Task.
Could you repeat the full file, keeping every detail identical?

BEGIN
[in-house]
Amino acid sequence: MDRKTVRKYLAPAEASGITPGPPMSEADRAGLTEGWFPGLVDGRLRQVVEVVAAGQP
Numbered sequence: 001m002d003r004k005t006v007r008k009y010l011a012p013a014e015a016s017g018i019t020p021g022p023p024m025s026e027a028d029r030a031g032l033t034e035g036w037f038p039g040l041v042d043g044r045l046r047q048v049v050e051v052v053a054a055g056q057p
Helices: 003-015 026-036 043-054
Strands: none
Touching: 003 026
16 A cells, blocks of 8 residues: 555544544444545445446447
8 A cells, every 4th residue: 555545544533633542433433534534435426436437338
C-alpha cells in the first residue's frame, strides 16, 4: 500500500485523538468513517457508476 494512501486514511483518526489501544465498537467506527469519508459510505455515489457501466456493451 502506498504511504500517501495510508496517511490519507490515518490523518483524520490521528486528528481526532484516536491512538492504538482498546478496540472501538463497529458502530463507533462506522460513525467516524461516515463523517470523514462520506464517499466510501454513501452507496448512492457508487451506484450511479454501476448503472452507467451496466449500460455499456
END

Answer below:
[in-house]
Amino acid sequence: MDRKTVRKYLAPAEASGITPGPPMSEADRAGLTEGWFPGLVDGRLRQVVEVVAAGQP
Numbered sequence: 001m002d003r004k005t006v007r008k009y010l011a012p013a014e015a016s017g018i019t020p021g022p023p024m025s026e027a028d029r030a031g032l033t034e035g036w037f038p039g040l041v042d043g044r045l046r047q048v049v050e051v052v053a054a055g056q057p
Helices: 003-015 026-036 043-054
Strands: none
Touching: 003 026
16 A cells, blocks of 8 residues: 555544544444545445446447
8 A cells, every 4th residue: 555545544533633542433433534534435426436437338
C-alpha cells in the first residue's frame, strides 16, 4: 500500500485523538468513517457508476 494512501486514511483518526489501544465498537467506527469519508459510505455515489457501466456493451 502506498504511504500517501495510508496517511490519507490515518490523518483524520490521528486528528481526532484516536491512538492504538482498546478496540472501538463497529458502530463507533462506522460513525467516524461516515463523517470523514462520506464517499466510501454513501452507496448512492457508487451506484450511479454501476448503472452507467451496466449500460455499456